Friends are doing a lot of reevaluation these days, reexamining our past and our venerable Quaker ancestors. In some cases, when moral inconsistencies emerge into the open, reexamination means that some iconic Friends are losing their luster. In other cases, stories of early Friends’ messy lives help us to see their humanity, which can lend greater depth and nuance to their spiritual writings. This happened for me when I read Chad Thralls’ May 2011 article in Friends Journal on the “embodied” life of Thomas Kelly. Learning how Kelly confronted his inner demons through surrender to Spirit increased my appreciation of his lyrical testimony.
Similarly, in studying the life of the venerable Elizabeth Fry (1780-1845), I found that as I learned more about her messy humanity, I grew to see her accomplishments as even greater, knowing that they were accomplished despite signs of “mental health issues.” The contradictions in Fry’s life also raise some interesting questions about embodiment and spirituality.
Elizabeth Gurney Fry was a tireless prison reformer and recorded minister, well known inside and outside the Religious Society of Friends. At the same time, she also met and fulfilled the demands of her roles as wife and mother. She dealt with ill-health, depression, anxiety, and a dependence on alcohol and opium throughout her life.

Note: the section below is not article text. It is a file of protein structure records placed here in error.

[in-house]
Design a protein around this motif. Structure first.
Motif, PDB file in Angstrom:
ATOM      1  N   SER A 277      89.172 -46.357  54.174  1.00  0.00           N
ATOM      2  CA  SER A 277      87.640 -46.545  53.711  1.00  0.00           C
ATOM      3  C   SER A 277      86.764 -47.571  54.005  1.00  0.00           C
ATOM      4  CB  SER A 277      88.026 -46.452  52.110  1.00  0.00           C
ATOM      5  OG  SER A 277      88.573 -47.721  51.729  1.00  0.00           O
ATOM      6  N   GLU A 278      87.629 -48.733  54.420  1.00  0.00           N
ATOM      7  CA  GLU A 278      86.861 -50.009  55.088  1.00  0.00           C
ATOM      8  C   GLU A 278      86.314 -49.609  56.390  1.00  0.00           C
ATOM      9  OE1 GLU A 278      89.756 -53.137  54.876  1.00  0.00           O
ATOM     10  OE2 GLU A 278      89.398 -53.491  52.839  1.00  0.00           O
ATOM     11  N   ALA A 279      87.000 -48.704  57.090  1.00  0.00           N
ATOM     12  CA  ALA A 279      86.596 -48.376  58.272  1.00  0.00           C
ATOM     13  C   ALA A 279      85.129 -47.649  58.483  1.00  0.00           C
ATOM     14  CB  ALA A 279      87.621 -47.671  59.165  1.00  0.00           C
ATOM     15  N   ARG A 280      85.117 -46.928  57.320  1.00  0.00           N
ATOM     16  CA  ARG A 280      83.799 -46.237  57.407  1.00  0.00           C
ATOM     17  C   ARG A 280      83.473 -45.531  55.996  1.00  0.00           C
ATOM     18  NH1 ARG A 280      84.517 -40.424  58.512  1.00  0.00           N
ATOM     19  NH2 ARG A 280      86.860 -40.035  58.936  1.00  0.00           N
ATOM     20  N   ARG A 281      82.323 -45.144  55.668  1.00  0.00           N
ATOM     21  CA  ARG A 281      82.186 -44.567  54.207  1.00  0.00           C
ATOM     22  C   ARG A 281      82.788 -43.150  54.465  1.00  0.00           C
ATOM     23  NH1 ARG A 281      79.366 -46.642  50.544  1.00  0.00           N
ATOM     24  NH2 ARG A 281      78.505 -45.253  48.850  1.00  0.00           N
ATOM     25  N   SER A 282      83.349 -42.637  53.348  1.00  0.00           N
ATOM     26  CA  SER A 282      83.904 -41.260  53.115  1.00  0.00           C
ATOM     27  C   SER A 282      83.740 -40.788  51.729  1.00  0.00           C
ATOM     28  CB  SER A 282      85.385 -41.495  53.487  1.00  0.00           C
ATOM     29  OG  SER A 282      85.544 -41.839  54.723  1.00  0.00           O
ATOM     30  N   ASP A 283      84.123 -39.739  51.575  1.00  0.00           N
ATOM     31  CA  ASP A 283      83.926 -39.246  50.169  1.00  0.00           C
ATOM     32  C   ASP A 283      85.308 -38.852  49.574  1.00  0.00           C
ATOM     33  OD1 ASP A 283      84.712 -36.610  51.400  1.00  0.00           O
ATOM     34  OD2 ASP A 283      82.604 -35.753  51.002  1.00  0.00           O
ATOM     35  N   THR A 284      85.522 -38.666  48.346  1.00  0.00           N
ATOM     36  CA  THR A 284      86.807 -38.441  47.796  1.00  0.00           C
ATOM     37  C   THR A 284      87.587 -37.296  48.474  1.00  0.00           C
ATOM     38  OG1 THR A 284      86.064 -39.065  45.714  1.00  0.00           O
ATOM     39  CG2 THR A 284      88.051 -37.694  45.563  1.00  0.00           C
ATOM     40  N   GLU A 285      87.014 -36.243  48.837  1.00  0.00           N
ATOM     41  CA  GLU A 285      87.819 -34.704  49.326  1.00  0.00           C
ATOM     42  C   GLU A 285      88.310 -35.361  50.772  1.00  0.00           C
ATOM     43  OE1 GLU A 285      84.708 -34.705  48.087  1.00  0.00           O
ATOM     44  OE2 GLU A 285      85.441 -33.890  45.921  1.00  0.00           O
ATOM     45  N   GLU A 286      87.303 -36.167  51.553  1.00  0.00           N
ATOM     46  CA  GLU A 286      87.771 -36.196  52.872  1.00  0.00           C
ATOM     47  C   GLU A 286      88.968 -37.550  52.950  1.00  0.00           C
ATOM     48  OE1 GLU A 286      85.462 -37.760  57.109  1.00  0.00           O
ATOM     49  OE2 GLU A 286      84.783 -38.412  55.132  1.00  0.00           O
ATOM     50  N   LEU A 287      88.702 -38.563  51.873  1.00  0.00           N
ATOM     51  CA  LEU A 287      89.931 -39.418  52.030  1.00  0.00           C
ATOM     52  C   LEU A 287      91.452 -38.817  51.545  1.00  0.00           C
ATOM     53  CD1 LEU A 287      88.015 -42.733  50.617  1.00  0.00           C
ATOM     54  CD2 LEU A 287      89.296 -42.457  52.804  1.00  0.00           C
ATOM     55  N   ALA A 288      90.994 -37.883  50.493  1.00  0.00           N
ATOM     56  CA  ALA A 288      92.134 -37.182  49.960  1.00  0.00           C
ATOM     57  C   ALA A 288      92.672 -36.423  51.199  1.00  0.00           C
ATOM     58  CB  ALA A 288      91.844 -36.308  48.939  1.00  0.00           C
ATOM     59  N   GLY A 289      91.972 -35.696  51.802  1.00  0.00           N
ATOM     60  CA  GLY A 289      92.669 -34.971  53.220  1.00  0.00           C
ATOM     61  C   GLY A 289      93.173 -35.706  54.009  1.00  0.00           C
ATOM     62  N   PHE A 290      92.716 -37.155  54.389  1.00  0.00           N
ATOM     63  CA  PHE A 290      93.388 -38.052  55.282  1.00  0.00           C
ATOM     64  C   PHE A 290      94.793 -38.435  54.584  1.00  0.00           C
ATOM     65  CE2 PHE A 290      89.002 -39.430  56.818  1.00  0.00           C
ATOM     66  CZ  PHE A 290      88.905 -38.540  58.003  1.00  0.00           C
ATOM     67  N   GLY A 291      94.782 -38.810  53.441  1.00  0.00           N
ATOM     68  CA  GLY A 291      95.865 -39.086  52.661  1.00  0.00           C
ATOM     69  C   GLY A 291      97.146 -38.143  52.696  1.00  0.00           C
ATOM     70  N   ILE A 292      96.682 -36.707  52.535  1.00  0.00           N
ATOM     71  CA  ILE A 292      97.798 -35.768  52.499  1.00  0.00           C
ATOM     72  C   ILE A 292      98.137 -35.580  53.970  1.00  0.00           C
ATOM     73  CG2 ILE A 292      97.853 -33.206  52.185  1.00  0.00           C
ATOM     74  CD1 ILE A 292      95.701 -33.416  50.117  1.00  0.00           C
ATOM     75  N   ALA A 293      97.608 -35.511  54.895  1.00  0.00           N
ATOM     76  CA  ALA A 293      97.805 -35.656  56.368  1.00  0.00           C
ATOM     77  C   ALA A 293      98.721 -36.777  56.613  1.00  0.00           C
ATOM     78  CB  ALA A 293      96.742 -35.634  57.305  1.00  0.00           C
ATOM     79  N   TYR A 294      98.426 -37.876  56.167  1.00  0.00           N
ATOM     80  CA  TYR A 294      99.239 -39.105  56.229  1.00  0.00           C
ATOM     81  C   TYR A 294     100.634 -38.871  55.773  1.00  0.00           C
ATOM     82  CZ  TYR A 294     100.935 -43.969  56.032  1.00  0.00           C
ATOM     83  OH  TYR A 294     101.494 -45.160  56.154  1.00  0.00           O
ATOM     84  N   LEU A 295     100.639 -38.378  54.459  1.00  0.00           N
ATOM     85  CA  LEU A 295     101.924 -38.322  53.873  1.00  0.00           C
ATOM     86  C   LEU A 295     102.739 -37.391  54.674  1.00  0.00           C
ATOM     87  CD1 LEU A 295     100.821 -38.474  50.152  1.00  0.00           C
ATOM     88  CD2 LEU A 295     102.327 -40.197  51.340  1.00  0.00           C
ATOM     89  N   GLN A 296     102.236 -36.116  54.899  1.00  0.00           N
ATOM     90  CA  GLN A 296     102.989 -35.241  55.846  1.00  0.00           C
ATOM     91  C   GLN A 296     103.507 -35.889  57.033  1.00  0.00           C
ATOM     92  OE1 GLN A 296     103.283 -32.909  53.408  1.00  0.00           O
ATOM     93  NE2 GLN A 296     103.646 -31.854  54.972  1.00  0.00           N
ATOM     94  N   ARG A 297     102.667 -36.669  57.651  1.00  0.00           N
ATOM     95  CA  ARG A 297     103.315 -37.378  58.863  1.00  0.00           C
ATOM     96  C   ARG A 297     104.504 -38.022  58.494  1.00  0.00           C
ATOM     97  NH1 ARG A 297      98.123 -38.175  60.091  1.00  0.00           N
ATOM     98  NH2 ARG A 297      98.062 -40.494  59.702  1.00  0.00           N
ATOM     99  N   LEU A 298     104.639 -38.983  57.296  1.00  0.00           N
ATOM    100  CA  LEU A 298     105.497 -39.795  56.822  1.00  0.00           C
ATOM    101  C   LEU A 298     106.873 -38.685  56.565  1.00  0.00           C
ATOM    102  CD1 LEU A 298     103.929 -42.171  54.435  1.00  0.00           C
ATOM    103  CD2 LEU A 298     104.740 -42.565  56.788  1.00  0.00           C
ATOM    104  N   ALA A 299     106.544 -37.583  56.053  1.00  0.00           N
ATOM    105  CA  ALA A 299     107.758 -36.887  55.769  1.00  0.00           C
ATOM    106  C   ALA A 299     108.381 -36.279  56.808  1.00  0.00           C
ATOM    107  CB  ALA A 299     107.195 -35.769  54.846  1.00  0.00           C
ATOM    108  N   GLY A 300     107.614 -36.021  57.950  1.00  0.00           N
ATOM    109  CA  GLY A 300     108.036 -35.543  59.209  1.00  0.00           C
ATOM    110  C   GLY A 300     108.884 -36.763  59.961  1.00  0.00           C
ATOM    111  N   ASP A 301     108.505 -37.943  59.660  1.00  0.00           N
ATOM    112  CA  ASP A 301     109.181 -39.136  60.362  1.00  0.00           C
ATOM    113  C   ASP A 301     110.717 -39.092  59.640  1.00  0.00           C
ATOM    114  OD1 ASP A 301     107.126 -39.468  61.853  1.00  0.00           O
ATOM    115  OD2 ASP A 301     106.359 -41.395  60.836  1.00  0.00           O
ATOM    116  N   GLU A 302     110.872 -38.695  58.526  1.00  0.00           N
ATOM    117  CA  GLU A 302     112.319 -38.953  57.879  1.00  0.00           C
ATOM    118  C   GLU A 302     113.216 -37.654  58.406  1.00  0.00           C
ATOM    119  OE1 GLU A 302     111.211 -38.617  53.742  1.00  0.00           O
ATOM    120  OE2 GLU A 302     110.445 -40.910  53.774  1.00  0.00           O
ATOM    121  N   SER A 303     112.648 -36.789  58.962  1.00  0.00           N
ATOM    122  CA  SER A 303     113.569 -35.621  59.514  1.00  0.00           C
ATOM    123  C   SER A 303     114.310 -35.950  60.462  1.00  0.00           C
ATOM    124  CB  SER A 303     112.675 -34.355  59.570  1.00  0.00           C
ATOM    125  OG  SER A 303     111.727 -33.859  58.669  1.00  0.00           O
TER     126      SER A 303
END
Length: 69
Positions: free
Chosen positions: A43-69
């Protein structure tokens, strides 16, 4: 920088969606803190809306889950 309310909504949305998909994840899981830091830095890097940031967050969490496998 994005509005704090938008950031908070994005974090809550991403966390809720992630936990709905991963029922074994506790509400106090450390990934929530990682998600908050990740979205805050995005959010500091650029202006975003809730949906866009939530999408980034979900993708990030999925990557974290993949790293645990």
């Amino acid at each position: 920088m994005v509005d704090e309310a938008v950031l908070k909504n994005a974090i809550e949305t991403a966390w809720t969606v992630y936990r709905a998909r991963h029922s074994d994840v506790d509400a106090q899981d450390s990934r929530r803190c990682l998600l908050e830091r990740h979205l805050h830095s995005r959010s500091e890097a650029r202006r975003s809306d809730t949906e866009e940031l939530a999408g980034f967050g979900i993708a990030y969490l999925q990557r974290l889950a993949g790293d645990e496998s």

Messiness is the norm in human life, not the exception; going and growing through inner conflicts can be life-enhancing. Studying the lives of early Friends together, recognizing and exploring the contradictions in their lives, might help us better acknowledge our own messiness together, might help us better support one another humanely. We might become more faithful Friends, our monthly meetings might be more Friendly, and our Society might grow more welcoming if we would recognize the inevitable turmoil we experience and help each other uncover and grow the seeds of self-love and peace.
First, a little history. The first generation of Friends advocated an embodied and demonstrative faith. They were convinced that “the Second Coming” had already occurred, and Christ was present in convinced Friends as the Light Within. Many early Friends exhibited extreme forms of public ministry (the most famous example being James Nayler imitating Jesus riding a donkey into Jerusalem), and early Quaker leaders soon realized they needed to show by their actions that they were not dangerous seditionists, so they began to discourage enthusiasms and to conform to a strict code of behavior. As Rufus Jones wrote in 1946, “As an actual fact of history, [The Society of Friends] soon became a very conservative body. What was planned to be a vital, growing body, expanding to meet the needs and aspirations of each new generation, very soon congealed into a fairly rigid form which persisted for a long period . . .”